State Route 256 between

Main Street and Livingston Ave.

In Olde Reynoldsburg



Your source for:



  1. Flowering Annuals

  2. Flowering Baskets

  3. Geraniums

  4. Container Gardening

  5. Tropical Plants

  6. Hanging Baskets

  7. Vegetables

  8. Herbs

  9. Perennials

  10. Trees

  11. Shrubs

  12. Roses

  13. Pansies

  14. Fall Mums

  15. Custom Container Planting

  16. Miniature Gardening

  17. Gardening Information

  18. Flowering Cabbage & Kale

  19. Houseplants

  20. Ground Covers

  21. Chemicals & Fertilizers

  22. Garden Supplies & Tools

  23. Unique Garden Gifts

  24. Pottery

  25. Seasonal Holiday Items

  26. Potting Soil

  27. Classes

  28. Seeds

  29. Garden Art

  30. Grave Blankets

Soil Requirements

Potatoes require a well-drained, loose loam soil. Incorporating decomposed cow manure/compost or an organic amendment such as Posy Power can improve the soil's aeration and drainage. Potatoes grow best with a soil pH of 5.0-5.4. Use either a 5-10-5 or a 12-12-12 fertilizer and apply in one of two ways:

1. If applying the fertilizer BEFORE planting, broadcast the fertilizer at a rate of 15 lbs. per 1000 square feet.

2. If you prefer to fertilize AFTER planting, ideally the fertilizer should be placed in continuous bands 2-3 inches to each side of the row and slightly below the seed piece. If the rows are 3 feet wide and 100 feet long, apply at a rate of 6-8 lbs. per row.

3. (Optional) A side dressing may be applied to when the plants are 4-6 inches tall. Apply at a rate of 2-3 lbs. per row, 6 inches away from the row if growth appears sluggish. (approx. 40-60 days after planting).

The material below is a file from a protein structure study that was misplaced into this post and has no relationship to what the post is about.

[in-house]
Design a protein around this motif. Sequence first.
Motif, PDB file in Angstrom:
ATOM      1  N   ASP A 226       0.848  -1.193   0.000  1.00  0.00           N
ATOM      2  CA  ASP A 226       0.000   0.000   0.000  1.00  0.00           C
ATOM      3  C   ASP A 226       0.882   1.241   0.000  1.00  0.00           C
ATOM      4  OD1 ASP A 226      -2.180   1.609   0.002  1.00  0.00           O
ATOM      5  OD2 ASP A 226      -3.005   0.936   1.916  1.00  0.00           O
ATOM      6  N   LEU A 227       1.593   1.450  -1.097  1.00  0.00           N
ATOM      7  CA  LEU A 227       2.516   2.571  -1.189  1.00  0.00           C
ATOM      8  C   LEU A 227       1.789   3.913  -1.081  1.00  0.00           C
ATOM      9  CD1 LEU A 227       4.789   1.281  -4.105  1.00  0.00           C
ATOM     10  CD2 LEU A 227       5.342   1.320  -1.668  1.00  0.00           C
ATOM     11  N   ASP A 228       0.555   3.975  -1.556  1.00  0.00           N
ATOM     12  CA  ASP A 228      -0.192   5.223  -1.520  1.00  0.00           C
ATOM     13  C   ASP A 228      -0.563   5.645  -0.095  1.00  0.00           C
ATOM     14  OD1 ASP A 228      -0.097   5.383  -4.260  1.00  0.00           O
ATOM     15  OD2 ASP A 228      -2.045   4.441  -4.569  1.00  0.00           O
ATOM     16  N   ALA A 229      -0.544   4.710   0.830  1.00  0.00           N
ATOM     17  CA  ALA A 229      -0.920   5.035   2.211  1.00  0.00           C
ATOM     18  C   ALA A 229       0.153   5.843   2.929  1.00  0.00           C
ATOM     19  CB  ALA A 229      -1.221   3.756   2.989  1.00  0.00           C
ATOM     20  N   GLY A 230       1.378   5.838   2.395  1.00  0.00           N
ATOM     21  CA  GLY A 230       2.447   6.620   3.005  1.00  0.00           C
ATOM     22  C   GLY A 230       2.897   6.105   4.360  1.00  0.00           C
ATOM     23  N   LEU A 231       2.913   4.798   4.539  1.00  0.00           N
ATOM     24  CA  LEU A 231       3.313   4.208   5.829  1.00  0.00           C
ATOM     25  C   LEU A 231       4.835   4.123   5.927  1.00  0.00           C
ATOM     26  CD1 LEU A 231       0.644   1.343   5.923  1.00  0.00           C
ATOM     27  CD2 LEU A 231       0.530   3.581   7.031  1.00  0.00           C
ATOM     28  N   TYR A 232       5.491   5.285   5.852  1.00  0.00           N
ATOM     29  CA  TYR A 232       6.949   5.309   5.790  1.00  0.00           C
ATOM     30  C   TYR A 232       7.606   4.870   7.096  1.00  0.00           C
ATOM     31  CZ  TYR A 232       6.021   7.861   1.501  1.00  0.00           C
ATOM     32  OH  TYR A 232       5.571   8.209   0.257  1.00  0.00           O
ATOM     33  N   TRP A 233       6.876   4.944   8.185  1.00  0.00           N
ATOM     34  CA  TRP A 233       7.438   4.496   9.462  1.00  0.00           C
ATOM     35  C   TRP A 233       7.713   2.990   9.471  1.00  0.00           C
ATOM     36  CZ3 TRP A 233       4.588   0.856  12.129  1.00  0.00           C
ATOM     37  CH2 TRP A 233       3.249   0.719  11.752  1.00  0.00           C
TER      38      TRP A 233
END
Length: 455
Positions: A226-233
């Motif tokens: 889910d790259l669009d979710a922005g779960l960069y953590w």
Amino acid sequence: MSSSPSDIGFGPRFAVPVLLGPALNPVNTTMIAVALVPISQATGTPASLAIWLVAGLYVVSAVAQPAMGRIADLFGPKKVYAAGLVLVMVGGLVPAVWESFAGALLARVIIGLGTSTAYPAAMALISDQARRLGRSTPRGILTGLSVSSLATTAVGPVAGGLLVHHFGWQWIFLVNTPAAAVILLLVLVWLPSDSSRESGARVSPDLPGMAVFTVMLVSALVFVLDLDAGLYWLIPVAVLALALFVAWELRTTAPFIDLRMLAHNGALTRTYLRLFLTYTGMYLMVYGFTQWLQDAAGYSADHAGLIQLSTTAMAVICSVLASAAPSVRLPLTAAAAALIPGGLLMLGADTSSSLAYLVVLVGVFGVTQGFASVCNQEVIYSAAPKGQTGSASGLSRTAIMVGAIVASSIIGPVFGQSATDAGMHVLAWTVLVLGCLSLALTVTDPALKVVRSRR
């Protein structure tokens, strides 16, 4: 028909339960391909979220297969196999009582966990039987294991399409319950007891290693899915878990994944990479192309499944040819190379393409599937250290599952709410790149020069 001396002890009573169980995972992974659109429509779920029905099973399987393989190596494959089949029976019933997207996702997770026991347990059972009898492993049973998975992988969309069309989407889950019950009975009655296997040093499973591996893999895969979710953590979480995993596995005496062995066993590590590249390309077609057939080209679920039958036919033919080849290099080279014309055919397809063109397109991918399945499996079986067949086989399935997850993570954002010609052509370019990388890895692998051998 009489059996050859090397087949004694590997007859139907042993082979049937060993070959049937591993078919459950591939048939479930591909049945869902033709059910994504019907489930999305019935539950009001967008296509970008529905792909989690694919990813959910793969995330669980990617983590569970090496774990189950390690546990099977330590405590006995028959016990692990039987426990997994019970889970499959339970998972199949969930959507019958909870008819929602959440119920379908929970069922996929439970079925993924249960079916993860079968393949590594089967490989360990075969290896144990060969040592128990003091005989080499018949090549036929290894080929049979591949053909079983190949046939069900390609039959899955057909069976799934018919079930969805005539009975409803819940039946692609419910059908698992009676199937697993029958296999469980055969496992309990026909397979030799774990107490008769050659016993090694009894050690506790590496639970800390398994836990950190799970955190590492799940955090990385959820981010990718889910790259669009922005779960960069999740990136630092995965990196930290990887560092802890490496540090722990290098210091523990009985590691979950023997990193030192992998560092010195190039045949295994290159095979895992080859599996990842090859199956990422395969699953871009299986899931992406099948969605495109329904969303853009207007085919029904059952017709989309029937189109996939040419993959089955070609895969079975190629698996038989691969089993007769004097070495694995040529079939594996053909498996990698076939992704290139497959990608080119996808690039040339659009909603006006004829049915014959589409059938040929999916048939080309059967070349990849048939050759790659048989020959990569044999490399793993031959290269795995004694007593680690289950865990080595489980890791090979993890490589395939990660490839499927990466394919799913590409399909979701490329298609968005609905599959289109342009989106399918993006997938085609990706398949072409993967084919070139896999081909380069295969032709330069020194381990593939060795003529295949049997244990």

Potatoes are a cool-season crop and can be planted when the soil temperature is 40 degrees. Plant the seed pieces 3-4 inches deep in shallow trenches and cover with 2 inches of soil. Space the seed potatoes 2 inches apart in rows 36 inches apart.

***To determine how much to plant for your family, on average a 100-foot row planted with 10 lbs. of seed should yield between 1-2 bushels of potatoes. Grampa always said to plant potatoes on the first full moon in April.

Cultivation and Weed Control

When the plants are 6-8 inches tall, some soil should be moved toward the row to start forming a ridge or hill. When the plants are 15-18 inches tall, the ridge should be 6 inches high. Ridging is necessary to prevent greening of shallow tubers which can be exposed to the sun. When weeding, avoid a deep cultivation which can cut and destroy potato roots!

Insect & Disease Control

Numerous insects attack potatoes. Flea beetles and Colorado potato beetles are common foliage chewers. A regular dusting of Sevin insecticide can help control these pests. Early blight and late blight are common potato foliage diseases which can be prevented by applying recommended fungicides every 7-10 days according to label directions.


Two weeks after the vines have completely died, the potatoes can be dug with a spading fork or shovel. (Be careful to avoid injury, such as cuts!) When harvesting, quickly place the potatoes in a dark, cool (65 degrees) place to avoid greening or rot.


To store potatoes for an extended period of time, the tubers need to be "cured" in a dark place at 60 degrees and at a humidity of 85-95% for 10-14 days. After curing, select the best tubers (those free of cuts, bruises or soft spots) and store in a cool (40 degrees) dark place with moderate humidity.